With multiple brigade deployments over the past several years, the National Guard implemented a pilot program in Texas called the Job Connection Education Program which specializes in one-on-one education, training, job search services that enhance National Guard members’ abilities to obtain and retain employment.
The strength of the JCEP is individual case management. Servicemembers and spouses complete an on-line registration process and participate in a one-on-one orientation and assessment with their case manager who assists them with identifying fields of interest and resume development. This assistance takes the form of job skills training, workshops, and job search support that exposes them to jobs offered by over 480 established business partners.
To date, the Texas National Guard has placed over 900 Soldier and family members in full-time jobs. Case management is key to connecting servicemembers to employment.
Another program, the Guard Apprenticeship Program Initiative, otherwise known as GAPI, is a partnership with the Department of Labor and the Department of Veterans Affairs that continues to build relationships with employers and colleges to facilitate civilian apprenticeship and employment opportunities for National Guard members.
The key to GAPI are the 107 army military occupational specialties that translate directly to civilian occupational qualification requirements. Maryland is a pilot state where Guardsmen have been hired in the Independent Electrical Contractors Chesapeake Apprenticeship Program earning wages starting at $18.00 per hour with full medical benefits.
By the end of their five-year commitment, they will earn a higher salary than their peers as well as earning their national certification as journeymen electricians. Maryland currently has six servicemembers participating in this program, so this program is just getting started.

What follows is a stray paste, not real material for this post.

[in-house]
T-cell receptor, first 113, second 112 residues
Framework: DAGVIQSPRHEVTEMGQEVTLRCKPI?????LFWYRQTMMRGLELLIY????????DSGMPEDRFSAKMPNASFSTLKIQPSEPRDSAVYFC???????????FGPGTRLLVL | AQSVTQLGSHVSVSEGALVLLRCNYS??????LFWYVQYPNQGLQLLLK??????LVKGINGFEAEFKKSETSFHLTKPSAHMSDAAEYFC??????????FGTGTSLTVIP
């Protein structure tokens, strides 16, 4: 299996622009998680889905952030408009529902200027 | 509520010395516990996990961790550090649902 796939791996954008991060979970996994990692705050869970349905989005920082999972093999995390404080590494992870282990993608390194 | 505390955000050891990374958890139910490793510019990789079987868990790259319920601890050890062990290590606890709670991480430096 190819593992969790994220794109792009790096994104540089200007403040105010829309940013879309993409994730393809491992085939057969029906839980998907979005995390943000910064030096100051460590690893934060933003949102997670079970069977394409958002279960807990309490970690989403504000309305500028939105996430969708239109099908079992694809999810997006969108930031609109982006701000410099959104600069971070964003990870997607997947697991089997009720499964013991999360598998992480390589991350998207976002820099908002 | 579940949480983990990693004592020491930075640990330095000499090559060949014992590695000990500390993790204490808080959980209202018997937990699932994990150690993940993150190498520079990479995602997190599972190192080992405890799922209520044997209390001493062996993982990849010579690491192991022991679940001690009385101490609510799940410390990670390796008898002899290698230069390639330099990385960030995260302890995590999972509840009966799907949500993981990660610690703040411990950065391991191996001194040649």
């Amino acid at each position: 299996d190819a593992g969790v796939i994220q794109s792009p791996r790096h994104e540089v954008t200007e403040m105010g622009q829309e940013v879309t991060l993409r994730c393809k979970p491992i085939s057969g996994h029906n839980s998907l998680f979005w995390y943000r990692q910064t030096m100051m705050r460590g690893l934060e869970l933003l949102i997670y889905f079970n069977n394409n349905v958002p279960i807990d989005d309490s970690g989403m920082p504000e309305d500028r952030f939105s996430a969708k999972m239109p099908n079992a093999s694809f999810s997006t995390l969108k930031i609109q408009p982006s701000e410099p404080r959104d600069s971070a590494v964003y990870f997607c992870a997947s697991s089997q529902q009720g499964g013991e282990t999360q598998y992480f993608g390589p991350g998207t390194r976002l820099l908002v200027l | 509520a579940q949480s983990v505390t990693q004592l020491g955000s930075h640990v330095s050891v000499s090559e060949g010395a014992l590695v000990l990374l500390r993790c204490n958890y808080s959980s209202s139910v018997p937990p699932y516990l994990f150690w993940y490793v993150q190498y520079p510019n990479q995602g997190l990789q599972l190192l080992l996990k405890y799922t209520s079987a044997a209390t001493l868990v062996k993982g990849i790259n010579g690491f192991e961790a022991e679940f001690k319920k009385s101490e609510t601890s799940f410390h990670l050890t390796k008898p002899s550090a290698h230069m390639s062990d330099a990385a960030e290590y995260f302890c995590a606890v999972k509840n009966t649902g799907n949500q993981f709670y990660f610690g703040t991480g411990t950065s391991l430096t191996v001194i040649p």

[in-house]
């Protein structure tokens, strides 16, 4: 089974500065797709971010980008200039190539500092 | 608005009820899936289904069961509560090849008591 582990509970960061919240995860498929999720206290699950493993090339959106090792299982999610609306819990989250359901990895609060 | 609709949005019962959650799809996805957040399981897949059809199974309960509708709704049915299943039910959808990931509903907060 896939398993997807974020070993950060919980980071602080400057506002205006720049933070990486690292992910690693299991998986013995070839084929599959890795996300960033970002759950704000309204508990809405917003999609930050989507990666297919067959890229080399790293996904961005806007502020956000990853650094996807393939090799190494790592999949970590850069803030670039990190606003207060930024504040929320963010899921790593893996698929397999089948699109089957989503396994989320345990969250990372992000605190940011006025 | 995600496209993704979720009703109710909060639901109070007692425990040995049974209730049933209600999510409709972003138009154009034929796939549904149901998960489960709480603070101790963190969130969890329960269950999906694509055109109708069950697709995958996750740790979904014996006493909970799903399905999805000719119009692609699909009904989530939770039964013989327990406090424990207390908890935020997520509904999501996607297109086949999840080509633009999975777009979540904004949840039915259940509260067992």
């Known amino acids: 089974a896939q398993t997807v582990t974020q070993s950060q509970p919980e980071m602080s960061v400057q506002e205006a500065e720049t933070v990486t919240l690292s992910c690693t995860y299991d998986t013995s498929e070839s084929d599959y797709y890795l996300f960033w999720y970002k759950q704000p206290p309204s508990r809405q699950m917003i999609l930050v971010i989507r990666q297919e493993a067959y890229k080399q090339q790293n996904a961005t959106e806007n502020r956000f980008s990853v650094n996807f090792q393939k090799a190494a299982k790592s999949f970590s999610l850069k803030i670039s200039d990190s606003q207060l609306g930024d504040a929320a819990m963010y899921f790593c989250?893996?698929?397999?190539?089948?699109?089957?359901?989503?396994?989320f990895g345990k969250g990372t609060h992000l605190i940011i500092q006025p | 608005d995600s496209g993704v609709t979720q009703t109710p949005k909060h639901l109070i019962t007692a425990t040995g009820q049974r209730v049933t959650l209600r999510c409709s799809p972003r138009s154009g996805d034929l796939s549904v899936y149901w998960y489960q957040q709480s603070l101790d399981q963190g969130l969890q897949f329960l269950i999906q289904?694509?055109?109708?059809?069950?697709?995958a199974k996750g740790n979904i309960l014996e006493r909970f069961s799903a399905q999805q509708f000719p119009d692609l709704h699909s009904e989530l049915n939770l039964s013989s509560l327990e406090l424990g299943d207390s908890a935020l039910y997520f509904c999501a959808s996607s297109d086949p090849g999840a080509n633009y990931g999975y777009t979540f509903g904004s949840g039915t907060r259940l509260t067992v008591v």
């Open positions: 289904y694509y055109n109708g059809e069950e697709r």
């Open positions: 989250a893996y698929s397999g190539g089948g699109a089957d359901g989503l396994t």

Another very successful program that is being used in the State of Georgia is Drive the Guard. This program is a collective effort with the Commercial Driver Training Foundation which links guardsmen with training and certification programs in their communities.
Once completed the Guardsman has a career in the truck driving industry. Applicants earn their commercial driver’s license through a commercial driver’s training federation certified school. Financing is arranged and a pre-hire letter is negotiated with a partnering trucking company before the training begins.
Upon completion of the training, the Soldier has a job in the trucking industry with a salary of around 40K per year.
In order to identify servicemembers requiring employment assistance, the National Guard recommends modifying the DD-214. Recommendations include requiring a veteran to decline or opt out by checking a box if they do not desire their information to be shared with the Department of Labor and/or Department of Veterans Affairs.
Additionally, we ask that the DD-214 require a personal e-mail address and cell phone number for a more viable method to contact the veteran and enhance the ability of authorized providers to reach out and provide services.